Since early gun-making days, gun owners have been trying to find ways to protect their firearms from weather and wear, particularly iron and steel parts. The purpose of various gun finishes was primarily to provide some type of coating that would protect the outer layer from rust and corrosion. I recently spoke with a local gunsmith, Jon Tickner, about gun finish options and the differences among them.
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One of the earliest processes was called browning. One of several methods involved depositing steel nails into weak nitric and hydrochloric acids. This formula would rust the nails and create a solution that gunsmiths used for browning. Early flintlock and caplock guns were often brown, which was partly done by heating the barrel to a warm temperature and swabbing the solution onto the gun parts. Some gunsmiths used a different method, which included dissolving table salt in distilled water. When the mixture was applied to the barrel and other surfaces, a coat of rust formed. The intentional rust on the outside protected the steel parts from further rust. Afterwards, the browned part was rubbed with fine steel wool to remove some of the rust and then coated to prevent further rusting.
Because browning is slow, tedious and hands-on, some gunsmiths looked for new methods. They wanted a factory process, so that’s how modern hot bluing began. Using a boiling bath of hot nitrate salts, at about 283-285 degrees F, clean metal (no oils or fingerprints; Samuel Colt used a method to degrease firearms prior to bluing by dipping them into vats of boiling gasoline!) is submerged in the bath for about 20 minutes. This process, which is actually a controlled rust, induces the reaction that causes the color. Then, it has to be neutralized by rinsing with water so the salts don’t keep working, especially down in the little crevices. Afterwards, it can be polished to the degree you want. Bluing doesn’t shine; it merely reflects and enhances the surface it’s on.
Nickel was a very popular finish in the 1800s because it doesn’t rust and is corrosion free, unless it starts to flake off. Nickel-plating baths were used, which used nickel anodes in an nickel salt electrolyte solution to electrically plate nickel onto gun parts. Cyanide factored heavily in old-fashioned nickel-plating baths, but this was eventually stopped by OSHA. Current electroplating methods use other chemicals in the baths, but Electroless nickel plating has several advantages and is typically used now. However, the results of this method are not quite as bright and shiny as the original method.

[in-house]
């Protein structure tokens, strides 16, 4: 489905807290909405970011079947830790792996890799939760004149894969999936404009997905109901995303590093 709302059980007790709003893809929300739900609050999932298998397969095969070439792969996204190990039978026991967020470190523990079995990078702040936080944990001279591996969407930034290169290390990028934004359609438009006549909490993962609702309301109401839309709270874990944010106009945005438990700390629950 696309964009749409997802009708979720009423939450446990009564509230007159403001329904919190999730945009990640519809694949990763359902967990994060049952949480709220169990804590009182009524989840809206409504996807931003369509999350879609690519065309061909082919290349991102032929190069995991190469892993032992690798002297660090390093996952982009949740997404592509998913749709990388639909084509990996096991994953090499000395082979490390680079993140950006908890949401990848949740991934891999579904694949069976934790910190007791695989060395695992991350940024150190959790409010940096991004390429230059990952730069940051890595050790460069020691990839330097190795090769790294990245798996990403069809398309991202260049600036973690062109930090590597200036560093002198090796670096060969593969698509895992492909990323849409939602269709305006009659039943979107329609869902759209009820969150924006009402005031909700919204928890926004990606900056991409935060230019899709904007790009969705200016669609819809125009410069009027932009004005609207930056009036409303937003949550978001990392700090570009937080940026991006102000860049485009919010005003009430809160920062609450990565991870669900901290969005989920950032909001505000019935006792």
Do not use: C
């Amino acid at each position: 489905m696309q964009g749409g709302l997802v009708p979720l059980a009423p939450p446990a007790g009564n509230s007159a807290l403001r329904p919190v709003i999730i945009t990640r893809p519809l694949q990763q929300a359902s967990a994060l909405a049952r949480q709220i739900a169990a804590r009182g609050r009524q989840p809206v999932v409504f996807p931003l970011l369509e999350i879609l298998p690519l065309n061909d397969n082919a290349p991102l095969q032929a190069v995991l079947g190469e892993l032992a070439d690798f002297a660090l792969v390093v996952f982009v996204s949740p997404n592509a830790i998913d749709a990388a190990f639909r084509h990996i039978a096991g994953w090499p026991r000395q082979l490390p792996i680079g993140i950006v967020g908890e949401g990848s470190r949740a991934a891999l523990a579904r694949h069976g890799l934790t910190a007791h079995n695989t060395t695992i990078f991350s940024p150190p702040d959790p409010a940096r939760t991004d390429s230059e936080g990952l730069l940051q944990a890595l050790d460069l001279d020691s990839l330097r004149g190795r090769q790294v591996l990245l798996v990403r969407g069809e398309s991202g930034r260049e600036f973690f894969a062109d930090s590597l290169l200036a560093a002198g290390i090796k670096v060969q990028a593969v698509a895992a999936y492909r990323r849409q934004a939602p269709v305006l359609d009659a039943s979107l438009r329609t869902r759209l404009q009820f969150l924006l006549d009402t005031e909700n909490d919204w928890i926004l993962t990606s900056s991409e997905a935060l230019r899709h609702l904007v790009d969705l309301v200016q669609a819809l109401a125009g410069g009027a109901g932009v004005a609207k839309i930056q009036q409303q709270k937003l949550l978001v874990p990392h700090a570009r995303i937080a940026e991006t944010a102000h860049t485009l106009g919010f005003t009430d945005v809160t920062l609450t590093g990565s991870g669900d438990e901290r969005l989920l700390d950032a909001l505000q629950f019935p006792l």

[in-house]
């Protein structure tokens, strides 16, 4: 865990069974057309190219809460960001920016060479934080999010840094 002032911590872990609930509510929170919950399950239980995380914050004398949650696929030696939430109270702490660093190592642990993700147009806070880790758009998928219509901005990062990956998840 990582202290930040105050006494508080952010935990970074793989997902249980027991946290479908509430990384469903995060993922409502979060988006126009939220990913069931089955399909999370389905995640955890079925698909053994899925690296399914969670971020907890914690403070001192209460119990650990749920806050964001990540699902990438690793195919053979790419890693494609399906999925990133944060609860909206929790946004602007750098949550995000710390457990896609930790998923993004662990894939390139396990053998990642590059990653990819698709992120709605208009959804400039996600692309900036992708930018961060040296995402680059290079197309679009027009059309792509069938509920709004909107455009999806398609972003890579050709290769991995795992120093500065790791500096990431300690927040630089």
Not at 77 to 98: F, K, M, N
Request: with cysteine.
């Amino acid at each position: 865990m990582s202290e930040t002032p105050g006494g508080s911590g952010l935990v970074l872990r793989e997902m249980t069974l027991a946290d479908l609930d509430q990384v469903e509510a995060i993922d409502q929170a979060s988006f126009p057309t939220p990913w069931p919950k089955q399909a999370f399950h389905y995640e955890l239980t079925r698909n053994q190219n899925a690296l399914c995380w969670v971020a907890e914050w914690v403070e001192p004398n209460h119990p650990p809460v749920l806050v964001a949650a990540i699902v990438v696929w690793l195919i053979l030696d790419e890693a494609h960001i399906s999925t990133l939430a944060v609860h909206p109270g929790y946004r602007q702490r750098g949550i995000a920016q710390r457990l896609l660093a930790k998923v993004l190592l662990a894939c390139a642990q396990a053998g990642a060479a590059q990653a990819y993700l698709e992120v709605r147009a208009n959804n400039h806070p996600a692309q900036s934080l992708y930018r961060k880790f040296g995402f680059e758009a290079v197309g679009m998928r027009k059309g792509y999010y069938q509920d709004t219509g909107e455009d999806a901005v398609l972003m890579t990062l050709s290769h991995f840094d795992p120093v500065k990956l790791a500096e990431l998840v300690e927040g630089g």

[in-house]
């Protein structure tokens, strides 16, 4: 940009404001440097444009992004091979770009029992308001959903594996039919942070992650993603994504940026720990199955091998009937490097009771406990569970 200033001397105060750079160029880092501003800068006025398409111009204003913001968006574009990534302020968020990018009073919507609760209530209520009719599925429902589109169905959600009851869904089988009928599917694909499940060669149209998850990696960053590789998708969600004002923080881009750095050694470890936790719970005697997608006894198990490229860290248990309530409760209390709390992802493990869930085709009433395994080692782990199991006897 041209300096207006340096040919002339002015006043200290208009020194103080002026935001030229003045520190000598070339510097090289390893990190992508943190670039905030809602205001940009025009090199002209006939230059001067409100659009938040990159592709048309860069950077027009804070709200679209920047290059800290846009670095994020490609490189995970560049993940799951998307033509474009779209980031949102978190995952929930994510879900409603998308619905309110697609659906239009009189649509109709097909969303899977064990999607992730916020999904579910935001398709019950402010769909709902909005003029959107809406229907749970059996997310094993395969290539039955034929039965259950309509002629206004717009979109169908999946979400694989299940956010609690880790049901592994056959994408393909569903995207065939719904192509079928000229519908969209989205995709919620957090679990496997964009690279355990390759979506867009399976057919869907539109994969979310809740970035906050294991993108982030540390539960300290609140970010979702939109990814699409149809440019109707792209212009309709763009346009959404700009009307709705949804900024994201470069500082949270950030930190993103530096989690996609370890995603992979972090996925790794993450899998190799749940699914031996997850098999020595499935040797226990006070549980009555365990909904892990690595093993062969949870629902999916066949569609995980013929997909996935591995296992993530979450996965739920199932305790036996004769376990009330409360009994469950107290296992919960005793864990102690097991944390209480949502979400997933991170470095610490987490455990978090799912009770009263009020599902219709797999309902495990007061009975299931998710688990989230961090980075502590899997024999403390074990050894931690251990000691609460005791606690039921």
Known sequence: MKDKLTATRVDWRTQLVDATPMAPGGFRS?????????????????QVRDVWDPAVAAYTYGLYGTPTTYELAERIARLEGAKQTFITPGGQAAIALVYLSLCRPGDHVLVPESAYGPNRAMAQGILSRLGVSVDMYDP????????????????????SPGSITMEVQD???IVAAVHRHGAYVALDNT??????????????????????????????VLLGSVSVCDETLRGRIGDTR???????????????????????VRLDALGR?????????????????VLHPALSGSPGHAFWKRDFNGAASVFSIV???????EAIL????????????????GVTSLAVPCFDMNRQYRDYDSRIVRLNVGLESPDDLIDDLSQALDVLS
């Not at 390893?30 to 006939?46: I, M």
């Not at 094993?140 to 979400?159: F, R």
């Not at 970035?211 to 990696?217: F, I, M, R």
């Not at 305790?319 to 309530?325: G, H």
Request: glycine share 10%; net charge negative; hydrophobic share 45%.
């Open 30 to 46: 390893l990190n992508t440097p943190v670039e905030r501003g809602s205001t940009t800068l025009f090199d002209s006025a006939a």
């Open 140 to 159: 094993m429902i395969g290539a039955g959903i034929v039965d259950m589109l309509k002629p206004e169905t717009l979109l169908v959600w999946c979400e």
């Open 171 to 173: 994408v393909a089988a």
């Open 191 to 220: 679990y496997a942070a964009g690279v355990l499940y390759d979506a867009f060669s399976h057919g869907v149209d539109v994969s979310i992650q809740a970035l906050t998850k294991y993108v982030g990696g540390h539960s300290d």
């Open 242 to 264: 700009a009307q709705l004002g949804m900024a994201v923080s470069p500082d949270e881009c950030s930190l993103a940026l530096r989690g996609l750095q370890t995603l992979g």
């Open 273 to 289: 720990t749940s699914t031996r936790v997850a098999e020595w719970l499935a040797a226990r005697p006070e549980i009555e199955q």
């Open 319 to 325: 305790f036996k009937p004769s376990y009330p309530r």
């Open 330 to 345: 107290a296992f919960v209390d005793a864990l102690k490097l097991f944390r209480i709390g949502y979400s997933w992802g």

Case hardening is a process where the outer layer of low-carbon steel is hardened by forcing additional carbon into the steel’s surface, while not over-hardening the inner metal parts of the gun. Using a mixture of carbonizing materials, along with the precise time and temperature, the color-case hardening process yields not only a colored carbon finish, but also hardens the part surfaces so they won’t wear out from use. Expert craftsmen will spend countless hours polishing and preparing the metal before the final finishes are applied. What’s interesting is that the pattern and exact color combination are unique to each firearm.
Stainless steel is the general name for a range of chromium alloy steels that do not rust or corrode as easily as plain steel, and it is also the name of the finish applied to firearms parts made of stainless steel. The surfaces of stainless steel used in firearms can be polished until they almost look like nickel-plated steel, which Ruger does with a lot of its six-shooters. However, unlike nickel, the finish on stainless steel will not flake off over time. It can also be a bright, brushed, or matte finish, depending on your preference. Internal parts, such as the barrel, can additionally be made with stainless steel.
Various forms of coloring a gun include painting and baking it in an oven where the chemical of the paint is such that it’s transformed into a very thin film, yet is very tough and hard. Cerakote is considered to one of the best options. Cerakote is very thin and doesn’t look like paint, but more like bluing because it’s only a few microns thick and is put on with an airbrush. When it’s baked, it takes on ceramic qualities and becomes abrasion and wear resistant. The only way to get it off is to sandblast it. It also has a certain amount of lubricity, so any parts tend to float over each other easily.
Depending on your need or personal preference, there are plenty of options to help protect your favorite firearm. Some of the gun finishes listed above can be a DIY project, while others would be better suited for a trained professional.
Freelance writer Stacy Bright holds instructor certifications from the NRA in Pistol & Rifle, as well as being an Range Safety Officer and Refuse to be a Victim instructor. In addition to her NRA credentials, she also is a Missouri CCW instructor and teaches various other home and personal defense courses. “In a field dominated by men, I feel I bring a unique perspective to firearms and training, especially to women. I'm passionate about educating, empowering and developing confidence in those I train. In November of 2014, I started the Southwest Missouri chapter of The Well Armed Woman,” said Stacy. Stacy lives in southwest Missouri, and has been married for 20 years. Visit TWAW Facebook page: The Well Armed Woman-Springfield, MO Chapter. View all posts by Stacy Bright